Archive for January, 2015

Type names and individual names

January 31, 2015

Today’s One Big Happy turns on names of types vs. names of individuals, in the world of cars:

Mercedes and Lexus are the names of types (makes) of cars. But you can easily give individual cars their own “personal” names, as many people do. Nothing illegal about using the same (Mercedes) or similar (Lexus / Lexis) names in the two cases, but yes, potentially misleading. (On the other hand, the type names are count nouns, and occur with determiners — a Mercedes — while the individual names are anarthrous — Mercedes — so the syntax normally disambiguates the senses.)

Moving day

January 31, 2015

Bruce McCall’s cover for the February 2nd New Yorker:

The cover story:

“Last week, the staff of The New Yorker made its final preparations to leave 4 Times Square, its headquarters for the past fifteen years, to join the rest of Condé Nast, the parent company, down at 1 World Trade Center, the new megatower in lower Manhattan,” writes Nick Paumgarten in a Comment titled “Here.” The artist Bruce McCall pictures what it felt like to pack boxes while we were finishing the last issue in our old building.

A note on McCall, then some details from the cover.

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Doing the fandango, from Venango to Ilopango

January 30, 2015

In my posting on Padre Antonio Soler, I quoted a bit about

A fandango once attributed to Soler, and probably more often performed than any other work of his, is now thought by some to be of doubtful authorship.

and was reminded how much I enjoy the word fandango — a straightforward case of “word attraction” (the opposite of word rage). So I’ve gone on to play with the word.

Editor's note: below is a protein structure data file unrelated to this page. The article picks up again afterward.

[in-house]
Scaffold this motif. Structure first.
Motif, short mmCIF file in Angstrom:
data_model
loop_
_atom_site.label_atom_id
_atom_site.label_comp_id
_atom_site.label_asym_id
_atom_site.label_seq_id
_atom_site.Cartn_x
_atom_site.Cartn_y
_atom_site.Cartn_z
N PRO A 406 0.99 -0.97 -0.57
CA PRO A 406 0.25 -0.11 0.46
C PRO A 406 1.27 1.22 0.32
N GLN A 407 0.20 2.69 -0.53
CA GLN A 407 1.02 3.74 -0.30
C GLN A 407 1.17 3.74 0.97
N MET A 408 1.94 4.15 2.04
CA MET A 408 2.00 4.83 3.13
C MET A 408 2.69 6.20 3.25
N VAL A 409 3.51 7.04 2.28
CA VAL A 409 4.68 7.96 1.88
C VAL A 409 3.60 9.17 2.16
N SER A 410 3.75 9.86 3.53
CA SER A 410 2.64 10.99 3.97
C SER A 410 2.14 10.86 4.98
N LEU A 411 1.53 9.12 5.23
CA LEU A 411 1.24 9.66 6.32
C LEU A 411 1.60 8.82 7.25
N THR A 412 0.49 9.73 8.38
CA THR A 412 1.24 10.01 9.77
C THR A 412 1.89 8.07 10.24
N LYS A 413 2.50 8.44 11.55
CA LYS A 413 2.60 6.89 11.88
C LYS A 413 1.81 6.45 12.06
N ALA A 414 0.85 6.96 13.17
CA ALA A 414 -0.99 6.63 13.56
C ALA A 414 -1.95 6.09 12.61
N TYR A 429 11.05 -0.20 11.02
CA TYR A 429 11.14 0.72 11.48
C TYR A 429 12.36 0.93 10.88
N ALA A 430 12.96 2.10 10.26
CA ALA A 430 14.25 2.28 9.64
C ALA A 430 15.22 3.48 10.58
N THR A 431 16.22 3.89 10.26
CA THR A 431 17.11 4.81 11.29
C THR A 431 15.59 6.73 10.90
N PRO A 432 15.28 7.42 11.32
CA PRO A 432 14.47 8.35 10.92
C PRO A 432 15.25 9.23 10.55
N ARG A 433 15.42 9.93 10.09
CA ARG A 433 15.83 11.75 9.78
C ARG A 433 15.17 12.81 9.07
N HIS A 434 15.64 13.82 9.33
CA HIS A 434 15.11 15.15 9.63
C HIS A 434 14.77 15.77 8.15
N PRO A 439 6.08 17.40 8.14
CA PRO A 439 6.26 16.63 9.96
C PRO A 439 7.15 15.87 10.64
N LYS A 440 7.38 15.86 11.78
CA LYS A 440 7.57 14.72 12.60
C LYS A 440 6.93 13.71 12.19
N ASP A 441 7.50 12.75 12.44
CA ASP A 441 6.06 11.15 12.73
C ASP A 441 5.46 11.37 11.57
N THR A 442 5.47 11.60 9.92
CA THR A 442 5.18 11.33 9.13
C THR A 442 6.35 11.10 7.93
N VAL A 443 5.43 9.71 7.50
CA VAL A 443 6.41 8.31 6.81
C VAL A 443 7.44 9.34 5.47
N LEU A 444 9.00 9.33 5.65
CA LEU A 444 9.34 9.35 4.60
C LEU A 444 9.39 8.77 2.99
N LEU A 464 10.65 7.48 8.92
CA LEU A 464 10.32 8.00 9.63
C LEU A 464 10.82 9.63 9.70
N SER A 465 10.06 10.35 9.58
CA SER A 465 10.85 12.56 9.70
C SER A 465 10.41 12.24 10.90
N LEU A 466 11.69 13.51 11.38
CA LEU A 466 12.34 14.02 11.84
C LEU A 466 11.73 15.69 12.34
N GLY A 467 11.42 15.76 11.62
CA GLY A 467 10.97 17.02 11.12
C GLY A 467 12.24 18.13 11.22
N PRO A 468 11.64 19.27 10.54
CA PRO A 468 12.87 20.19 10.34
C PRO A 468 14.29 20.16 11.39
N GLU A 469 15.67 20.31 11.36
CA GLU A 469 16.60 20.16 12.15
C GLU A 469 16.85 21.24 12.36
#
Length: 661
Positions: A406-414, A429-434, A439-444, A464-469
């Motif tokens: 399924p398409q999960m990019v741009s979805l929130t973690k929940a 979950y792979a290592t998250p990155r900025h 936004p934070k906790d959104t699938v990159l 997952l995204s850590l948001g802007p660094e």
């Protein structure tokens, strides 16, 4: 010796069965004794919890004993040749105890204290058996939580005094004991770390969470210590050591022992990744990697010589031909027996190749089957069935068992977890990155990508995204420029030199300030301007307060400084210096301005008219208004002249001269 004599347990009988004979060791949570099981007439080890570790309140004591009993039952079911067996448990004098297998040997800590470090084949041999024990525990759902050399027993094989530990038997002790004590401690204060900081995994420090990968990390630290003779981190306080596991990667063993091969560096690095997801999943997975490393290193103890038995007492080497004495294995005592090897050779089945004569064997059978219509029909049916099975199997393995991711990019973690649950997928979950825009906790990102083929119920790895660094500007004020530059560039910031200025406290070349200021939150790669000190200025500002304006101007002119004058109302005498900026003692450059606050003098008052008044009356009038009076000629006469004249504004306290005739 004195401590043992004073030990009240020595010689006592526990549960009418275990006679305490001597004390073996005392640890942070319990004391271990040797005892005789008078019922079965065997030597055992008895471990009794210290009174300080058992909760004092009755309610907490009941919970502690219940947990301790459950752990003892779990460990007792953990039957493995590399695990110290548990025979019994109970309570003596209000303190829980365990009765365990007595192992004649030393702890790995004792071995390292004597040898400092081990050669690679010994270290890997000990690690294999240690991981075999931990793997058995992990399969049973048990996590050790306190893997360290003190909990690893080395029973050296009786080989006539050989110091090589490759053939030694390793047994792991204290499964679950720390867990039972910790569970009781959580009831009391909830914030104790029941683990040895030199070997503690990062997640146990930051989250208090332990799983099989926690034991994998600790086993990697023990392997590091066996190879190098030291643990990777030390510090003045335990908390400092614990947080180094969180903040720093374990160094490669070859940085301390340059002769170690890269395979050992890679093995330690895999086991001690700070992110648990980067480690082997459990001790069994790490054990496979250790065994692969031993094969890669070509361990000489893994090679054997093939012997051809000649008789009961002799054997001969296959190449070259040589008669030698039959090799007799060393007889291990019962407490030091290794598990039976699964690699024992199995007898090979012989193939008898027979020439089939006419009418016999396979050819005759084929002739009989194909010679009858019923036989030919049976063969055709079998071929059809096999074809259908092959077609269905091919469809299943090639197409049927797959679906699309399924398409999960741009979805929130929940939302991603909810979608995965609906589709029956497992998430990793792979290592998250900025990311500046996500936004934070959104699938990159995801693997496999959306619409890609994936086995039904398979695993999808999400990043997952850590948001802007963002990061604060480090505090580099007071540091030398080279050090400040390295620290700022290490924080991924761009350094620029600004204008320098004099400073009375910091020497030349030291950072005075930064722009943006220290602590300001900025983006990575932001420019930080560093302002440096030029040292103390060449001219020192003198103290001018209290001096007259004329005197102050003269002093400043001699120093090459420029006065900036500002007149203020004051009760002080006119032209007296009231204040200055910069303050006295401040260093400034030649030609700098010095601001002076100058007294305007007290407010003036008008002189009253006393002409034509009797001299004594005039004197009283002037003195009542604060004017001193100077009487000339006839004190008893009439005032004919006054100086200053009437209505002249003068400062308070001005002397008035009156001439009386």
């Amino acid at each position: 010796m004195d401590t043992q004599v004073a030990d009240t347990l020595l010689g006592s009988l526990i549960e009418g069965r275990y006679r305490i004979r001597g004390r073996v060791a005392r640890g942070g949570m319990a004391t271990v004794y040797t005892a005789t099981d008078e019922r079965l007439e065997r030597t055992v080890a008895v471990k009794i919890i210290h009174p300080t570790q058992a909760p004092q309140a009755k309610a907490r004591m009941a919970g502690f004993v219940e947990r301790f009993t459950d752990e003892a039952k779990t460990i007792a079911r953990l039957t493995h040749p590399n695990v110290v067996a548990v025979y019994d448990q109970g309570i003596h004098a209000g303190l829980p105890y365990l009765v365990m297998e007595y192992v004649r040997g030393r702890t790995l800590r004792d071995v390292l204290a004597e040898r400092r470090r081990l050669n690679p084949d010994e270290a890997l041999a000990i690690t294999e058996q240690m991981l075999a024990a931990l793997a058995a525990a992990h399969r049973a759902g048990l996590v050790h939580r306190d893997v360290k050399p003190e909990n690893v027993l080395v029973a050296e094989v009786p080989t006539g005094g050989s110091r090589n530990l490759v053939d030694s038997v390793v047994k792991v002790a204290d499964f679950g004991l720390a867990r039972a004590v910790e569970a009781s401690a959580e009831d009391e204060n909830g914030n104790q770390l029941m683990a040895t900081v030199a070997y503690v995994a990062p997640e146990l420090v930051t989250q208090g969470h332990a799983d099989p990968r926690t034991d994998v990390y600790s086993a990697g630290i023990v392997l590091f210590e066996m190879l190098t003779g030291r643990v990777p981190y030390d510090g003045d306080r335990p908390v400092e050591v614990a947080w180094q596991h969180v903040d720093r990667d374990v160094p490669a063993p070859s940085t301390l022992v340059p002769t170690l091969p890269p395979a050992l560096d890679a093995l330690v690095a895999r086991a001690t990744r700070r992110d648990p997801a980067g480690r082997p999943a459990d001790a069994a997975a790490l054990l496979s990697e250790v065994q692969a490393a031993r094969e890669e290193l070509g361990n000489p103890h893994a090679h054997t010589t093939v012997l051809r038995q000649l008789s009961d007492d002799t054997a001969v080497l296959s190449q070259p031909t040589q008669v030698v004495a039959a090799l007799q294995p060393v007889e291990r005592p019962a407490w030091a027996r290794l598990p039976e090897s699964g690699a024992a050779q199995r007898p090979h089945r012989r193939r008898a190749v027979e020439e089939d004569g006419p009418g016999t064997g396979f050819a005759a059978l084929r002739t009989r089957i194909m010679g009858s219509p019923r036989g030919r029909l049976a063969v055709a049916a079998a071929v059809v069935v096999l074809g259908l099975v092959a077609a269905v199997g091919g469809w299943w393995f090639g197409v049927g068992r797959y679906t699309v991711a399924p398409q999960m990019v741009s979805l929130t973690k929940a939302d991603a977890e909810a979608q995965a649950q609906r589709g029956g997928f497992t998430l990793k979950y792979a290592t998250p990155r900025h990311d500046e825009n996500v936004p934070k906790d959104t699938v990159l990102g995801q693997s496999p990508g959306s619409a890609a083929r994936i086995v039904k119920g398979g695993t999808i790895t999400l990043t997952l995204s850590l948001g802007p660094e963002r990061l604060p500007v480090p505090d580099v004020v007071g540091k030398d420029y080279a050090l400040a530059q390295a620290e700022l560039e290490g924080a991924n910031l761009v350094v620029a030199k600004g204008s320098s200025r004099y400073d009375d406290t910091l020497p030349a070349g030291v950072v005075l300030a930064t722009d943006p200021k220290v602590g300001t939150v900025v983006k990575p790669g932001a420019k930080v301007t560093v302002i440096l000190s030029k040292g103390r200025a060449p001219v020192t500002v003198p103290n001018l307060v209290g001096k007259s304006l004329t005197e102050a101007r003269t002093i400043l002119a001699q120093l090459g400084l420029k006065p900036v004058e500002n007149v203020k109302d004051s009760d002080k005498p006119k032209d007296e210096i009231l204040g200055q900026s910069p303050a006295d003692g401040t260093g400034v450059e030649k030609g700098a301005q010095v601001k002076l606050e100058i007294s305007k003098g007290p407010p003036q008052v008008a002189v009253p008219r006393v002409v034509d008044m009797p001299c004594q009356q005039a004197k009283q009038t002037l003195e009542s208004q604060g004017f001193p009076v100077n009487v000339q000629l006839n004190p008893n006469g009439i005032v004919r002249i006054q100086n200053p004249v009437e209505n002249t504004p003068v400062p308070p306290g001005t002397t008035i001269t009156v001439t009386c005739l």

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Another cross-comic allusion

January 30, 2015

Today’s Mother Goose and Grimm:

(#1)

That’s obviously no groundhog, but some kind of crocodile, so the strip works at one level. But that’s not just any crocodile; it’s one of the crocodiles from Stephan Pastis’s comic strip Pearls Before Swine. What makes this especially entertaining is that Pearls itself is exceptionally rich in cross-comic allusions.

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Comfits

January 29, 2015

In today’s One Big Happy, Ruthie once again understands a rare and unusual expression (the word comfit) in terms more familiar to her:

  (#1)

I very much doubt that I knew the word comfit when I was 6.

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A syntactic blend

January 28, 2015

In gathering material for my posting on Zippy the Pinhead’s road trip to Kansas, I came across this sentence in the Wikipedia entry on Strataca, aka the Kansas Underground Salt Museum.:

There are 14 other salt mines in the United States, but none of which are accessible to tourists.

The intended meaning is clear, but the syntax is definitely off. The sentence looks like a blend of two different, though very similar, formulations of the idea: